Candice Tripp moved from her native Cape Town, South Africa, to London in 2004. Like the realm of traditional fairytales, the world of South African born Candice Tripp is both magical and macabre.
In this domain, melancholic children and all manner of beasts are executed in oil and ink; it is a place where both joy and sorrow are as sharp as swords.
Childlike subjects add a sense of innocence to her work, though it is executed with a brutal wit that is unquestionably adult. Beautiful, illustrative, and dark, it is the very strangeness and richness of these figures that beckons us into their enchanted world.
Sedate children and their animal companions are stylishly executed in miniature, and give vision to the lessons and warnings of fables. Suspended in a world of white negative space, we are enticed to allow our imagination to build the content and context of their bizarre and gently humorous action.
Tripp’s work implores us to enter her world, shut the gate and toss away the keys.
In June 2011 Black Rat Projects hosted this tumble down the rabbit hole, for a one-night introduction to Candice Tripp’s work. Descending the staircase to the narrow kingdom of Morrell House and we expected the unexpected and were not disappointed. In July 2012 Black Rat Projects went on to host Candice’s solo exhibition and installation ‘Petit Mal’. Exploring themes of normality, insanity, order, disorder and the dark innocence of childhood ‘Petit Mal’ envisions Tripp’s perception of infant ‘petit mal’ syndrome as “a brief interruption of consciousness”. Candice explains:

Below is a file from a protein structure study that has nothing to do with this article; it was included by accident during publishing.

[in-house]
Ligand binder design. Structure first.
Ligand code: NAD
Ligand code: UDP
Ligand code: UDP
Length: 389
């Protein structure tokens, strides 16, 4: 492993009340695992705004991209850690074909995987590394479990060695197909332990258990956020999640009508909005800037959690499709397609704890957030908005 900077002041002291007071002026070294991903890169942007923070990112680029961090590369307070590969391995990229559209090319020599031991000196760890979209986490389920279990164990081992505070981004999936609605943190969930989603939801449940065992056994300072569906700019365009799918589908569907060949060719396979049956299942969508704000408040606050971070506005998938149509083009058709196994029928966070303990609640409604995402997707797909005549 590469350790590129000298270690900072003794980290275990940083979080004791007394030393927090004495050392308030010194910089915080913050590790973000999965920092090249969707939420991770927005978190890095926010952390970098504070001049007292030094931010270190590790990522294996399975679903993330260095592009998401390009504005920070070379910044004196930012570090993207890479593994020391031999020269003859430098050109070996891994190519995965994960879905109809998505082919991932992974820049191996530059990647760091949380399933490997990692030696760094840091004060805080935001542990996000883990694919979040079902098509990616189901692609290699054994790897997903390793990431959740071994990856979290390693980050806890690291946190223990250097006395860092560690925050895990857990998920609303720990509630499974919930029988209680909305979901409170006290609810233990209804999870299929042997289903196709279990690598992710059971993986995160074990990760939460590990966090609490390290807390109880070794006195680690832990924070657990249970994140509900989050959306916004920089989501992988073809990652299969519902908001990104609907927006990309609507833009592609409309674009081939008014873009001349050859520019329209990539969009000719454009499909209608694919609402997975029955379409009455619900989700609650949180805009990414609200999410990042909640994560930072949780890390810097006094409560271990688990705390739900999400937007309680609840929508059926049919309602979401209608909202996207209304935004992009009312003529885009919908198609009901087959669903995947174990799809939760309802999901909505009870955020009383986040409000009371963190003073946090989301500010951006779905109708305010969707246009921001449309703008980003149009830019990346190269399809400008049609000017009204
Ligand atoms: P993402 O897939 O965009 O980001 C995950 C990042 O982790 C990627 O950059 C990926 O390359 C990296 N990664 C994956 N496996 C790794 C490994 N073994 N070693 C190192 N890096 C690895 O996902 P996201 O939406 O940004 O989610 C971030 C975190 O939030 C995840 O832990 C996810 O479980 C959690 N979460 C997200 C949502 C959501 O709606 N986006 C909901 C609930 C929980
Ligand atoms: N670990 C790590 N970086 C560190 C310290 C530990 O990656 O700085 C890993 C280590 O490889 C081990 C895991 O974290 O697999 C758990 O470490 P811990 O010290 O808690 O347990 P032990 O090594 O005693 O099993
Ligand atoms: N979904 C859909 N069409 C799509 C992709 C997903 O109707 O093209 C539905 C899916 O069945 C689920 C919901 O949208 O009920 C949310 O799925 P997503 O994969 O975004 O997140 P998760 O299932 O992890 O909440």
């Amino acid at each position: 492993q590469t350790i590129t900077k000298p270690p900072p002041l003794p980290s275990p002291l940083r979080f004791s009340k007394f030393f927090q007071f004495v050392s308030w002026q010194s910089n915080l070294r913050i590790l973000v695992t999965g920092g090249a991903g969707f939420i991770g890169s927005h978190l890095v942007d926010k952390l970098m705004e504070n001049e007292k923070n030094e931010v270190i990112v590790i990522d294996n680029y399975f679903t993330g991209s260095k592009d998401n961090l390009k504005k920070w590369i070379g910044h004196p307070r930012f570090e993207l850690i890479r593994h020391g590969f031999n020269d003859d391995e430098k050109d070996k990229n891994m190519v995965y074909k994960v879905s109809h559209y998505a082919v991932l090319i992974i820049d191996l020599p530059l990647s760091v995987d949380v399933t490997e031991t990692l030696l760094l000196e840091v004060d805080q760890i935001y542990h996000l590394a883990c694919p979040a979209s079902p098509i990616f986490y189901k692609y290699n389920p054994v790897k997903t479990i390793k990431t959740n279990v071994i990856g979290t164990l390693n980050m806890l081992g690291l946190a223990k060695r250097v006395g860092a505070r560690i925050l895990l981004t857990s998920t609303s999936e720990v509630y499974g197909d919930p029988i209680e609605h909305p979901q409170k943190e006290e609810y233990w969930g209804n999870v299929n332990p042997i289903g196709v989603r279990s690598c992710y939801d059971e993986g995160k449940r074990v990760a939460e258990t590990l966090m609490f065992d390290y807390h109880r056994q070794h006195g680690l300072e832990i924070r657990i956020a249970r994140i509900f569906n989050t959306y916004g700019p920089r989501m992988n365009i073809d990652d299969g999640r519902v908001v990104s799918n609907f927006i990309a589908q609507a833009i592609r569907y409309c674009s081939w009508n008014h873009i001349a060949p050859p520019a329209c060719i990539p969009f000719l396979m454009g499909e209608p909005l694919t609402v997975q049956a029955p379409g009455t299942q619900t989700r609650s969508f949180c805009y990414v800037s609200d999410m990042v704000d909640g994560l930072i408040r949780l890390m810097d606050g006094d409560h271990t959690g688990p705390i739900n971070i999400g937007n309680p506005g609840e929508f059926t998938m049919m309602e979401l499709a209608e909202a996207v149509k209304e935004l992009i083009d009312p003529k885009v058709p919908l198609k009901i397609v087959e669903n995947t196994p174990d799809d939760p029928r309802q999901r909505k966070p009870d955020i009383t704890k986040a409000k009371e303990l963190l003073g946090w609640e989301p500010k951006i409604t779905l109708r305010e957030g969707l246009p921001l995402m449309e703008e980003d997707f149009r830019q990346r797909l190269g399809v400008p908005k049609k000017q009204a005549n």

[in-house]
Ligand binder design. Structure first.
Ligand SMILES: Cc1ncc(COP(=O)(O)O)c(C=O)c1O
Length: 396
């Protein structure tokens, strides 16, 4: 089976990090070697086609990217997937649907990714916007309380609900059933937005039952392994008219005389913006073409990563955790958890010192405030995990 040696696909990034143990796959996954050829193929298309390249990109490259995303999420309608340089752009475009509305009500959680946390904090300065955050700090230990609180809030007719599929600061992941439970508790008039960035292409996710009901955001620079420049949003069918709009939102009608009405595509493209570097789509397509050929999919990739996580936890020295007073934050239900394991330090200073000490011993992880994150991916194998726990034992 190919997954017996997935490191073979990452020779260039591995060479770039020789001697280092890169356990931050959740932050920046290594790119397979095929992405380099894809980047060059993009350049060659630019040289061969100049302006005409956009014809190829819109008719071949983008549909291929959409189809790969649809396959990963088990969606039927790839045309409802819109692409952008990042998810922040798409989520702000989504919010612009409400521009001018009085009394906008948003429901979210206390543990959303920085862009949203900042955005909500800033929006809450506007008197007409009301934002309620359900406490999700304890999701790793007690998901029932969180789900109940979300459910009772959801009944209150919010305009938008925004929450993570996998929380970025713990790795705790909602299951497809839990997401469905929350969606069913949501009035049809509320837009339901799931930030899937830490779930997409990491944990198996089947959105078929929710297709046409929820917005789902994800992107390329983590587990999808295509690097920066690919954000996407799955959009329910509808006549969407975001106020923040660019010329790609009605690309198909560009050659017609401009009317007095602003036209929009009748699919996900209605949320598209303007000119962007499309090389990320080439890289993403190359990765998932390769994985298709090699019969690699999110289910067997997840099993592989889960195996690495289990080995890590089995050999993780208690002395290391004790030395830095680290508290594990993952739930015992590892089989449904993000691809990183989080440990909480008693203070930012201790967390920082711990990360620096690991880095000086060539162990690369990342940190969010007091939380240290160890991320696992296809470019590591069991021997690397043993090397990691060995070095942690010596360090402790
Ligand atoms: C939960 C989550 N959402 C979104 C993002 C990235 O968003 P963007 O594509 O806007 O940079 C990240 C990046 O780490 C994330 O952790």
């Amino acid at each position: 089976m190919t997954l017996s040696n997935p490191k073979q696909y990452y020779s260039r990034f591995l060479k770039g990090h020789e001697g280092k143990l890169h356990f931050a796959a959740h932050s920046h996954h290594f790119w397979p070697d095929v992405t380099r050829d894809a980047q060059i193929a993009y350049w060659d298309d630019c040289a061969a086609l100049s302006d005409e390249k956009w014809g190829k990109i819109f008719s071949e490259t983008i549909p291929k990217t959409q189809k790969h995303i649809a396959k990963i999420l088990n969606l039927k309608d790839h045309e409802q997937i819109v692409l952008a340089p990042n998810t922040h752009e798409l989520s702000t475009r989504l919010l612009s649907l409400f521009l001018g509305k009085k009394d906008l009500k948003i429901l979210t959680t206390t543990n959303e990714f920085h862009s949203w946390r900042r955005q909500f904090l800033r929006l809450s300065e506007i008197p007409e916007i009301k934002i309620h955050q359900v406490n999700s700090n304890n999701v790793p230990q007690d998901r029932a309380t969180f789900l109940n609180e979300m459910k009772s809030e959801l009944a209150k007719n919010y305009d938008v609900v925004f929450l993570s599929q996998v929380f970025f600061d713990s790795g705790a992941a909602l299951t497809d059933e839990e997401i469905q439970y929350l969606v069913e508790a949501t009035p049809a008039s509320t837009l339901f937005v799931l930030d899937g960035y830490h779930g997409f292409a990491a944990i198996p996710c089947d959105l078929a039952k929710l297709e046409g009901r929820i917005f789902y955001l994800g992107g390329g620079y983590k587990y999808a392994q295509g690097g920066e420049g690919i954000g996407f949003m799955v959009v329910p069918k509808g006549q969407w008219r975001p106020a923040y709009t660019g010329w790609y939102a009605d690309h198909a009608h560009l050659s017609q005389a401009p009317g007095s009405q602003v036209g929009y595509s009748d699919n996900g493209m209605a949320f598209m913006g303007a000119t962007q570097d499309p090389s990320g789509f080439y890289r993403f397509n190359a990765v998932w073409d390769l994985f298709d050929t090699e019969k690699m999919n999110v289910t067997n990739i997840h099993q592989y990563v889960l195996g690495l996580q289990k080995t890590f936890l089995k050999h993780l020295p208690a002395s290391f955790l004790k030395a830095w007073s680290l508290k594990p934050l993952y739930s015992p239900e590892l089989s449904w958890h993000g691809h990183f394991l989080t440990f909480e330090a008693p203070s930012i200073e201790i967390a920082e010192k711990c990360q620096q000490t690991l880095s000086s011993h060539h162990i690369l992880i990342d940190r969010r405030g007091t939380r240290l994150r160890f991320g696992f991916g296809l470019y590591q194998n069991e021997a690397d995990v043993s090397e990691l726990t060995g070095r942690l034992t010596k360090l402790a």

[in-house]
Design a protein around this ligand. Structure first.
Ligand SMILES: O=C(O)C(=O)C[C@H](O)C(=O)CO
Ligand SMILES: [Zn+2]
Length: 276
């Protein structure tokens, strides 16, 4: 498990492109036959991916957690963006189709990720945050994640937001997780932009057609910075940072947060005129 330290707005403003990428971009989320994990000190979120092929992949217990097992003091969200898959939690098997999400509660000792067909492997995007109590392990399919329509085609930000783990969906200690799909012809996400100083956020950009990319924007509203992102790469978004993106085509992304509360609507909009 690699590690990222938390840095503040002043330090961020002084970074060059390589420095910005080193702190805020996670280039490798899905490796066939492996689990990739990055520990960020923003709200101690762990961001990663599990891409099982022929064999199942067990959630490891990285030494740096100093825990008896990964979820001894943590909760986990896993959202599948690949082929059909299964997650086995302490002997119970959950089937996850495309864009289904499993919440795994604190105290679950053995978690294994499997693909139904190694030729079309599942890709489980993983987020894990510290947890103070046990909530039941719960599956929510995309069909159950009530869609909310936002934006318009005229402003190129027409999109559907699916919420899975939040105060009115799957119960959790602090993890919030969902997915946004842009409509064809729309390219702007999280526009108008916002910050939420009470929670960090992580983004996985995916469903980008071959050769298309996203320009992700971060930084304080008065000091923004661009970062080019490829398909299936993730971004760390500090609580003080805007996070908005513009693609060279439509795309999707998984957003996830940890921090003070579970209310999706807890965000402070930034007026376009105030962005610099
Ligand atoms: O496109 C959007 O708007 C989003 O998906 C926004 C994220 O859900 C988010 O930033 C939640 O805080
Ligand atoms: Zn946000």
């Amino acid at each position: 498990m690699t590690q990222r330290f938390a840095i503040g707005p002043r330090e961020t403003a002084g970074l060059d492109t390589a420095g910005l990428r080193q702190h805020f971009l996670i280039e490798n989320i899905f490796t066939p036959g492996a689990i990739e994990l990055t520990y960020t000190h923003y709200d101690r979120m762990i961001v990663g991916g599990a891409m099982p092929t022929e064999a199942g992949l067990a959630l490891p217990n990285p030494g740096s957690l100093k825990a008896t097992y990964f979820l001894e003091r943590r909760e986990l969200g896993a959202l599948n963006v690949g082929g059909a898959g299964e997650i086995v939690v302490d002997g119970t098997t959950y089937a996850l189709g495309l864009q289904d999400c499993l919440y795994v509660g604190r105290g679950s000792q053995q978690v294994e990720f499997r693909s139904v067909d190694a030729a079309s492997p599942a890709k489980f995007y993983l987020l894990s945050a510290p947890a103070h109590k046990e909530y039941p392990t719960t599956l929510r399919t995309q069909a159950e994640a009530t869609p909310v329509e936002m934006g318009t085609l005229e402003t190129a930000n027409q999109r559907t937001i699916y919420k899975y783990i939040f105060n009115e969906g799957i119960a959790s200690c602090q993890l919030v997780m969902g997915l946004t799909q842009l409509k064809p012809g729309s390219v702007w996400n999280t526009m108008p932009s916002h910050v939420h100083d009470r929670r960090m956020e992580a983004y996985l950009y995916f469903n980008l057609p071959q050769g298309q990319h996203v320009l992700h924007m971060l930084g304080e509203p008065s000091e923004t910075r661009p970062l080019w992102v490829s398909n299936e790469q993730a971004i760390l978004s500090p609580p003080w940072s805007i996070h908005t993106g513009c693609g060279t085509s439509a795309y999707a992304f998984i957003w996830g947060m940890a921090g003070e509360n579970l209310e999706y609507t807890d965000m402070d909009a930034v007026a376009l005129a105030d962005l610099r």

While I was painting, I kept thinking about a small town full of young, isolated inhabitants and how every place, to a degree, has “a way” of doing things, a way which is rarely interrupted until an outsider witnesses and draws attention to it I found myself thinking a lot about an interruption of consciousness - in the sense of it occurring in a group. I tend to paint a fraction of a story- often either prelude or aftermath – and so I ended up focusing on fictitious (often awkward social) scenarios occurring in a town that is unaware of its single-minded lapse in judgement; Cult-like. The idea being that children who don’t outgrow it, will fall victim to it.
In November of 2013 Candice Tripp and Giles Walker created a truely collaborative exhibition; "I'm Never Shopping Here Again" used 2D, 3D and kinetic elements as the two artists deleved into our struggle to explore ourselves, and what we have collectively become under the omnipresent societal systems of religion and commodity driven capitalism.
A video of the exhibition can be seen here: http://vimeo.com/81190193